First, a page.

• Tart cherries. Some people with OA have found relief from products made from tart cherries. The ingredient in cherries that helps with OA symptoms is the same one that gives this fruit its red color—anthocyanin. A 2013 study of tart cherry juice found that the drink improved symptoms of OA, although not much more than a nontherapeutic drink (placebo).  Dr. Zashin conducted two small studies using a gel made from tart cherries called CherryFlex. One of the studies showed that patients with OA who used this cherry concoction had significant symptom relief.  “We found that some patients can actually go off their anti-inflammatory drugs,” he said. However, he cautions that larger trials are needed to confirm that it is the cherries that make a difference in OA pain—and not a placebo effect. Never stop taking your medicines without first talking to your doctor.
  • Turmeric. One of the best-researched inflammation fighters isn’t a food at all, but a spice. "Turmeric is really promising as being anti-inflammatory," says Frenhman. Tumeric contains a compound called curcumin. A 2012 review published in the International Journal of Molecular Sciences said that “curcumin could be beneficial in the management of chronic inflammatory-related joint disease, including OA” but authors warned that there is a considerable lack of data regarding side effects and safety. The compound has, however, been used for centuries in India to ward off inflammatory diseases. You’ll find this yellow spice in Indian cuisines—particularly curries—or you can add it to your own dishes.
  • Vitamin C. Antioxidants in vitamin C may slow the progression of OA, research finds. A 2011 study from the University of South Florida reported that people who took vitamin C supplements were 11 percent less likely to develop knee OA than those who didn’t take the supplements.  “There is some evidence that [vitamin C] can build cartilage,” Frechman says. You can safely get vitamin C from fruits like strawberries, kiwi, pineapple, or cantaloupe. However, Frechman warns against taking supplements with much higher doses than the recommended daily allowance of 65 to 85 micrograms, because in large doses vitamin C can increase the risk of kidney stones.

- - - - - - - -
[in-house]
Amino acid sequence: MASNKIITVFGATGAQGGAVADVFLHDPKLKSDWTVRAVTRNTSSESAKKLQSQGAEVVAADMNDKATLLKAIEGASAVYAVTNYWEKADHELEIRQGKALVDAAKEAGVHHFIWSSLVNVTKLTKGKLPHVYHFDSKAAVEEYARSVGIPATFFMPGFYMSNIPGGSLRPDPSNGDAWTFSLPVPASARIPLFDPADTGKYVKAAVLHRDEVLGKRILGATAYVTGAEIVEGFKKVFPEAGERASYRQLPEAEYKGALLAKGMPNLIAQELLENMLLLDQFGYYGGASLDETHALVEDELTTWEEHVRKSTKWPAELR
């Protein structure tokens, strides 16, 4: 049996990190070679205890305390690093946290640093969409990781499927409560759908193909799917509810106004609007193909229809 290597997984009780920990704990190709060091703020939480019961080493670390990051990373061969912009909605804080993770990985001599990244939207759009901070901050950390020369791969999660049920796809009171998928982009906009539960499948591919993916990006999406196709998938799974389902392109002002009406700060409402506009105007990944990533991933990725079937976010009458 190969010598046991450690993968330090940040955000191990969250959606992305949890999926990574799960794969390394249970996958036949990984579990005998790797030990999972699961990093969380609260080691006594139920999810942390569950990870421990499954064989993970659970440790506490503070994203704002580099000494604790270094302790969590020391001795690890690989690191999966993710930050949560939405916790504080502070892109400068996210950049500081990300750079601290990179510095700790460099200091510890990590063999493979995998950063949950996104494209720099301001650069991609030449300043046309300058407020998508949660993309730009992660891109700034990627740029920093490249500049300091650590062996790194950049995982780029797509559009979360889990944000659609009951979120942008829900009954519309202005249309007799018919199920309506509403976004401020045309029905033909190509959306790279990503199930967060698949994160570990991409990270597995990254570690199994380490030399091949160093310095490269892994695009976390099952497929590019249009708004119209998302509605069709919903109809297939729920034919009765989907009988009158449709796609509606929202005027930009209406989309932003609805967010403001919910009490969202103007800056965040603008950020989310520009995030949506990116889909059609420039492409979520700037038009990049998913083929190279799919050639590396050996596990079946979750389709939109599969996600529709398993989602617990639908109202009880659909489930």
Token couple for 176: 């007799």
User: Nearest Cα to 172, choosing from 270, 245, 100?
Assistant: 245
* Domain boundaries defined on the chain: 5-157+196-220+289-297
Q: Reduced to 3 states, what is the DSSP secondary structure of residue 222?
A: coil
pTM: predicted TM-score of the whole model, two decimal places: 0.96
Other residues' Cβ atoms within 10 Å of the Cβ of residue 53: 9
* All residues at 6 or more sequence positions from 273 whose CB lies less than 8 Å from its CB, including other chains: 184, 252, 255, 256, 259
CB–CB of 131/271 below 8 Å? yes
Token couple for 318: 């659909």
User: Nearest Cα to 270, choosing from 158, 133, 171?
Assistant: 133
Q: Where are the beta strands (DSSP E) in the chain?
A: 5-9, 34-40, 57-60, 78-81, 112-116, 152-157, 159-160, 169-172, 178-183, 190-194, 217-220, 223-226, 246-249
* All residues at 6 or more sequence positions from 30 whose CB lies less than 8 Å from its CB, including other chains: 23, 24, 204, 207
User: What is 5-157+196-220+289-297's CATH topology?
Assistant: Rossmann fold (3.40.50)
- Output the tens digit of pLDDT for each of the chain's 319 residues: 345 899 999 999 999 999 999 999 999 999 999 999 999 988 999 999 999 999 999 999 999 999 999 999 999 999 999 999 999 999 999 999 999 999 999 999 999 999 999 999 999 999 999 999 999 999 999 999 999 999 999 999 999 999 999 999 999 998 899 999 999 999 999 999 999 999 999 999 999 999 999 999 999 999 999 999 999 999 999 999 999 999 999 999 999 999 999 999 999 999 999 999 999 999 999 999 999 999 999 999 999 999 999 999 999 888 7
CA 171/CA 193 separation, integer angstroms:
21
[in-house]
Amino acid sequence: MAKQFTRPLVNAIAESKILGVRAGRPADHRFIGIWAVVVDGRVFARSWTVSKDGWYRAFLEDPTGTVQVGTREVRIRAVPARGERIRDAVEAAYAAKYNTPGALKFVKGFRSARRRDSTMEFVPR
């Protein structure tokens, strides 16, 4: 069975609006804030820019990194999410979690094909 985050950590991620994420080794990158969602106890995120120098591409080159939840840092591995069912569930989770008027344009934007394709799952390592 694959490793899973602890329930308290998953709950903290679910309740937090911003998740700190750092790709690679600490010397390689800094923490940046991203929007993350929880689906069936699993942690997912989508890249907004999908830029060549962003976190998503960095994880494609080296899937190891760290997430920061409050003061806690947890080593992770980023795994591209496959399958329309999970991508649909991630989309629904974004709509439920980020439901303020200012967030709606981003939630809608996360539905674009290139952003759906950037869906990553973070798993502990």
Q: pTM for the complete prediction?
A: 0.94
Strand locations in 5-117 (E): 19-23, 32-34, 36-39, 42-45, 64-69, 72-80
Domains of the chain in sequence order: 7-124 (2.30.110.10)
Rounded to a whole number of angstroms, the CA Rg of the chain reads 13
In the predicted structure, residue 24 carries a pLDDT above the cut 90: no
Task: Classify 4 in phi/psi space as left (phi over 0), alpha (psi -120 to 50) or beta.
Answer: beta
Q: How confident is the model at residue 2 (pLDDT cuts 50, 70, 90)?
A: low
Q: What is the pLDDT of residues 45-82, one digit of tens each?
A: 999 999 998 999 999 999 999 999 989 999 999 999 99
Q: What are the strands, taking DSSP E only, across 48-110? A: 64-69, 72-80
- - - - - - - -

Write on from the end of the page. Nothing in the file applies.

• Foods to avoid

    Some people find that certain foods aggravate their OA. For example, people have reported that eating foods in the nightshade family – such as eggplant, tomatoes, potatoes and most peppers – increases their pain, although studies haven’t confirmed this.

    When it comes to your diet, eat what works for you. “I have some patients who find that when they got off gluten their joints feel better,” Dr. Zashin says. If you think a particular food is aggravating your OA, try eliminating it from your diet and see how you feel.

    Foods high in saturated and trans fats – such as red meat, fried food and packaged baked goods -- should be avoided. They are unhealthy in general, and can lead to weight gain, which can make OA symptoms worse.

    And if you tend to wash down your meal with a sugary soda – don’t. A 2013 study revealed that OA of the knee tended to get worse in men who drank a lot of sodas.

    Healthy choices for healthy joints

    Even foods that may be good for your OA shouldn’t be eaten in isolation. “All the nutrients work together in food,” says Frechman. “You need balance to be healthy.”

    Your goal in managing OA includes making healthy overall lifestyle choices, like combining a variety of healthy foods and getting regular exercise. “Focus on achieving an ideal body weight – that is the key thing that we know helps,” explains Dr. Zashin.